• Ayokunl(TURAYA) says

    Beautiful write up sir, am of the opinion that free Education in the Northern Nigeria is long overdue, it is not at any rate a belated development. we thank God that the Northern elites have changed their mentalities on this matter. I seriously formerly think that the global nomenclature christened the North over the years on Education was a calculated attempt to maintain the ‘rankadede’ status quo but now am beginning to have a rethink.

    Sir, if all the indigent pupils in the North had been accorded this gesture from onset, no child or children would have embraced the ‘almanjiri’ religious misplacement. I feel so devastated whenever I see these children on the streets of Kano, I always look at myself and say a word of prayers to God on behalf the late sage who gave me the opportunity to be Educated freely as a little Yoruba boy from a remote ondo village. I always say to myself that am not in any way better than these poor kids only for the timely and erudite vision of a sophisticated leader in person of chief Obafemi Jeremiah Awolowo.

    Now that we are having leaders from the North who are radically changing from relegating this children to the background of poverty to enhancing a brighter future for them, then I will say here that this is a welcome development, nothing can be more iconic than this brilliant position. Nothing stops the Northern children of today from standing shoulder to shoulder with their Southern counterpart when we discuss academics….. we just need to get it right.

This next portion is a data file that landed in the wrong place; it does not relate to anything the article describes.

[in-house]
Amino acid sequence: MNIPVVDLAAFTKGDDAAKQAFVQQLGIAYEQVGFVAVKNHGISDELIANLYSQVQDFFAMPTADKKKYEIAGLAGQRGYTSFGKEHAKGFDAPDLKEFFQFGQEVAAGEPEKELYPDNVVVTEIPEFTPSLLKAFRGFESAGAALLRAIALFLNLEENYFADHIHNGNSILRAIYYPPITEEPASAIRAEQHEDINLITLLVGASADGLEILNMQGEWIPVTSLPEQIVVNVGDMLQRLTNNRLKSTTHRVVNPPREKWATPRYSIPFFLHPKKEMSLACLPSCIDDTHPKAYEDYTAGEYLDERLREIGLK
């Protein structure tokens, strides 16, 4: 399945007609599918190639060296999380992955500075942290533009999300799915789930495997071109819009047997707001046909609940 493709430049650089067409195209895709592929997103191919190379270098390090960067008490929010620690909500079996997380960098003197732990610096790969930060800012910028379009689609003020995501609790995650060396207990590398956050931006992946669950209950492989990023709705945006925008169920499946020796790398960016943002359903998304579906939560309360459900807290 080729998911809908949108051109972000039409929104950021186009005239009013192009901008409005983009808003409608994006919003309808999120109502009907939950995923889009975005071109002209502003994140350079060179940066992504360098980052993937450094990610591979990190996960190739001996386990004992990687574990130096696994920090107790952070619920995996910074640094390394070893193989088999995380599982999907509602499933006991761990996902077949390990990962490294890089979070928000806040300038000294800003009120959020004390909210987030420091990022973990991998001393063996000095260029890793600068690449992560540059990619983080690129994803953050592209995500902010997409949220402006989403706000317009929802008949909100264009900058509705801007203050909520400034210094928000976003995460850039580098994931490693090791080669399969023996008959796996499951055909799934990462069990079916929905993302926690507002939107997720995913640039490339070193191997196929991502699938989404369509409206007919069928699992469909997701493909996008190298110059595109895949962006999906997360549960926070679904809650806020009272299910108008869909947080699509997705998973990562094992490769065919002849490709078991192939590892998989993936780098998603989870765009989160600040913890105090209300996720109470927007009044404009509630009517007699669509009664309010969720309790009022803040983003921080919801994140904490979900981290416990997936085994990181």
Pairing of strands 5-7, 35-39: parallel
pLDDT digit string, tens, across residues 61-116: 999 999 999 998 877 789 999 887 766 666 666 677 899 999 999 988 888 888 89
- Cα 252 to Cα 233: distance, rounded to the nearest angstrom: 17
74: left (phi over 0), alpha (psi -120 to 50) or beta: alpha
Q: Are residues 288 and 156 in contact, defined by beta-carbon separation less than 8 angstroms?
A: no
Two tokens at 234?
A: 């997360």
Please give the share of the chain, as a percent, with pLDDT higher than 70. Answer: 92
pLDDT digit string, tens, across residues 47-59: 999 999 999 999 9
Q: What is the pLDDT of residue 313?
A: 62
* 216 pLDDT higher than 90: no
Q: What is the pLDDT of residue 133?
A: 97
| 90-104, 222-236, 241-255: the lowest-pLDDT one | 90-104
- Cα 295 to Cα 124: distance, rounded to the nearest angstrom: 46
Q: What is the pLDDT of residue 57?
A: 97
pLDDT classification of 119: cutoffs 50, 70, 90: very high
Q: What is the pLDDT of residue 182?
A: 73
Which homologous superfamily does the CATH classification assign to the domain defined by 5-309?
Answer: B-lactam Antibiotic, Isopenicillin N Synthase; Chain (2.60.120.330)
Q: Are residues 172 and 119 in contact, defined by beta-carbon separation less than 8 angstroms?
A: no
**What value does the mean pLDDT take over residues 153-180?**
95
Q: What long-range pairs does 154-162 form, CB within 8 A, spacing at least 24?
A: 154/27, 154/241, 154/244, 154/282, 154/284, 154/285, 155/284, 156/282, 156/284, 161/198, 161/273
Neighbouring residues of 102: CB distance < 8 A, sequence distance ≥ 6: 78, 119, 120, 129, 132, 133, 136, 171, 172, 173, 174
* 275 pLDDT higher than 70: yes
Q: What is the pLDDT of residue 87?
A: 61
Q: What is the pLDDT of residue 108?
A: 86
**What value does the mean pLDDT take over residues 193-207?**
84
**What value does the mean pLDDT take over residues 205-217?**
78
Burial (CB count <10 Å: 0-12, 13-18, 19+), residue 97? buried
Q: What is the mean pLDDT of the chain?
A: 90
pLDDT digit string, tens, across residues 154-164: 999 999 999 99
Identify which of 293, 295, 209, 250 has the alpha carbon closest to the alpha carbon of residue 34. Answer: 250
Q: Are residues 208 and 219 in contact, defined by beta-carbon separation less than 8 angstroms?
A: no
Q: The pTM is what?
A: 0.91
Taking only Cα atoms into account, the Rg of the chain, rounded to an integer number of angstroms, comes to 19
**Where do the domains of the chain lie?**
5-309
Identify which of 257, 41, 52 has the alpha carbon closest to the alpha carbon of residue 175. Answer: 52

Ayo lives in Lagos.

  • sirOscie.......... says

    LET’S PRAY IT WORKS PROPERLY AND THAT THE NORTHERN CHILDREN TAKE FULL ADVANTAGE OF IT.I PERSONALLY WHICH IT CAN BE SUSTAINED BY THE STATE GOVERNMENT BECAUSE THE CONDITION OF OUR GOVERNMENT SCHOOL ARE NOTHING TO RIDE HOME ABOUT AND THE TEACHERS ARE EQUALLY NOT AVAILABLE AND THE ONE AVAILABLE ARE NOT QUALIFIED FOR THE JOB, SO I WILL SUGGEST THAT THE FEES SHOULD BE SUBSIDIZED FIRST BEFORE FULLY MAKING IT FREE FOR ALL, SO THAT IT WILL GIVE THE GOVERNMENT TIME TO PUT THE INFRASTRUCTURE IN PLACE AND TRAIN QUALIFIED TEACHERS TO DO THE JOB.

  • Habiba Mohammed says

    This is a good gesture!

    There are other fees apart from school fees that stop children, especially girls from going to school, these are hidden fees that includes:
    Registration fees,
    Exam fees
    Broom fees
    Chalk fees
    Security fees(in some cases)
    Etc.

    I work for and with girls in Zaria to ensure enrollment and retention of girls in secondary schools.

    Poor performance of children discourages parents from sending their children to school. Reason for this can be trace back to lack of teaching materials, professional teachers and even conducive atmosphere for learning to take place!

    We still need government and philanthropys assistant to have ‘Education for all’.

    Thank you.